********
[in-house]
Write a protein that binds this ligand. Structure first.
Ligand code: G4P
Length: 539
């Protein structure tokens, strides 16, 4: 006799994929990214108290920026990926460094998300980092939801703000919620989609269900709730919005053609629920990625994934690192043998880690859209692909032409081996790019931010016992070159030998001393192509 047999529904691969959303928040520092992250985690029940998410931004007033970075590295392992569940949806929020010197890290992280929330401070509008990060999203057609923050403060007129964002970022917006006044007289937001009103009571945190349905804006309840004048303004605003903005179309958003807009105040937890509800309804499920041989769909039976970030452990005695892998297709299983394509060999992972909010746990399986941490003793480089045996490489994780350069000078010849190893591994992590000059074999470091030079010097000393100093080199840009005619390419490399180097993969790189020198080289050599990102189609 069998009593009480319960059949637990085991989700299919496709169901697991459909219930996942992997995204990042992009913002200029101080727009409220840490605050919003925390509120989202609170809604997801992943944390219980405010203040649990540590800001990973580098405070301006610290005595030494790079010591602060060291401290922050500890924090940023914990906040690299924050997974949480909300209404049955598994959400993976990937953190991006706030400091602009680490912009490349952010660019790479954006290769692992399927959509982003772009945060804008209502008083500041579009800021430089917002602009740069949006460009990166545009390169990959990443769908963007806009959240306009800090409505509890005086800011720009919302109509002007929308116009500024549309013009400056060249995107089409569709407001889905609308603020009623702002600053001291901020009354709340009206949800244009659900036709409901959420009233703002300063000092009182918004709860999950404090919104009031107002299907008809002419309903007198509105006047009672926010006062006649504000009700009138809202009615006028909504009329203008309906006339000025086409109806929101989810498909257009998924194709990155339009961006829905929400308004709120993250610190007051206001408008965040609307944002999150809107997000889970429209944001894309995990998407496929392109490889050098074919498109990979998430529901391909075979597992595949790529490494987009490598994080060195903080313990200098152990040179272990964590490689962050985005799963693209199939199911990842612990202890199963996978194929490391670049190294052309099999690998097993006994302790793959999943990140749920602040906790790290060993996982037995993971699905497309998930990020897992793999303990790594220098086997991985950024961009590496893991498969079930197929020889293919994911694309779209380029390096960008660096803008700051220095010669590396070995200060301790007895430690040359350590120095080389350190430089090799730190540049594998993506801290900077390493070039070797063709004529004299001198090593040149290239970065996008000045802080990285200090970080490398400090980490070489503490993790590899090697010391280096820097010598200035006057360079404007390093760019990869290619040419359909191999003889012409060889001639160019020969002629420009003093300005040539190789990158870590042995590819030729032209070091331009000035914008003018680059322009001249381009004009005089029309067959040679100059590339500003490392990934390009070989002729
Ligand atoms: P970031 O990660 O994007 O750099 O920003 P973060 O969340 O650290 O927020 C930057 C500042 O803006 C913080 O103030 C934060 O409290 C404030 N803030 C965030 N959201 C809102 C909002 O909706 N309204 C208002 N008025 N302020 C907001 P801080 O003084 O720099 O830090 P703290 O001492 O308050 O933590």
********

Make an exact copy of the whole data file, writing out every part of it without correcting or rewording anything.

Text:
[in-house]
Write a protein that binds this ligand. Structure first.
Ligand code: G4P
Length: 539
């Protein structure tokens, strides 16, 4: 006799994929990214108290920026990926460094998300980092939801703000919620989609269900709730919005053609629920990625994934690192043998880690859209692909032409081996790019931010016992070159030998001393192509 047999529904691969959303928040520092992250985690029940998410931004007033970075590295392992569940949806929020010197890290992280929330401070509008990060999203057609923050403060007129964002970022917006006044007289937001009103009571945190349905804006309840004048303004605003903005179309958003807009105040937890509800309804499920041989769909039976970030452990005695892998297709299983394509060999992972909010746990399986941490003793480089045996490489994780350069000078010849190893591994992590000059074999470091030079010097000393100093080199840009005619390419490399180097993969790189020198080289050599990102189609 069998009593009480319960059949637990085991989700299919496709169901697991459909219930996942992997995204990042992009913002200029101080727009409220840490605050919003925390509120989202609170809604997801992943944390219980405010203040649990540590800001990973580098405070301006610290005595030494790079010591602060060291401290922050500890924090940023914990906040690299924050997974949480909300209404049955598994959400993976990937953190991006706030400091602009680490912009490349952010660019790479954006290769692992399927959509982003772009945060804008209502008083500041579009800021430089917002602009740069949006460009990166545009390169990959990443769908963007806009959240306009800090409505509890005086800011720009919302109509002007929308116009500024549309013009400056060249995107089409569709407001889905609308603020009623702002600053001291901020009354709340009206949800244009659900036709409901959420009233703002300063000092009182918004709860999950404090919104009031107002299907008809002419309903007198509105006047009672926010006062006649504000009700009138809202009615006028909504009329203008309906006339000025086409109806929101989810498909257009998924194709990155339009961006829905929400308004709120993250610190007051206001408008965040609307944002999150809107997000889970429209944001894309995990998407496929392109490889050098074919498109990979998430529901391909075979597992595949790529490494987009490598994080060195903080313990200098152990040179272990964590490689962050985005799963693209199939199911990842612990202890199963996978194929490391670049190294052309099999690998097993006994302790793959999943990140749920602040906790790290060993996982037995993971699905497309998930990020897992793999303990790594220098086997991985950024961009590496893991498969079930197929020889293919994911694309779209380029390096960008660096803008700051220095010669590396070995200060301790007895430690040359350590120095080389350190430089090799730190540049594998993506801290900077390493070039070797063709004529004299001198090593040149290239970065996008000045802080990285200090970080490398400090980490070489503490993790590899090697010391280096820097010598200035006057360079404007390093760019990869290619040419359909191999003889012409060889001639160019020969002629420009003093300005040539190789990158870590042995590819030729032209070091331009000035914008003018680059322009001249381009004009005089029309067959040679100059590339500003490392990934390009070989002729
Ligand atoms: P970031 O990660 O994007 O750099 O920003 P973060 O969340 O650290 O927020 C930057 C500042 O803006 C913080 O103030 C934060 O409290 C404030 N803030 C965030 N959201 C809102 C909002 O909706 N309204 C208002 N008025 N302020 C907001 P801080 O003084 O720099 O830090 P703290 O001492 O308050 O933590």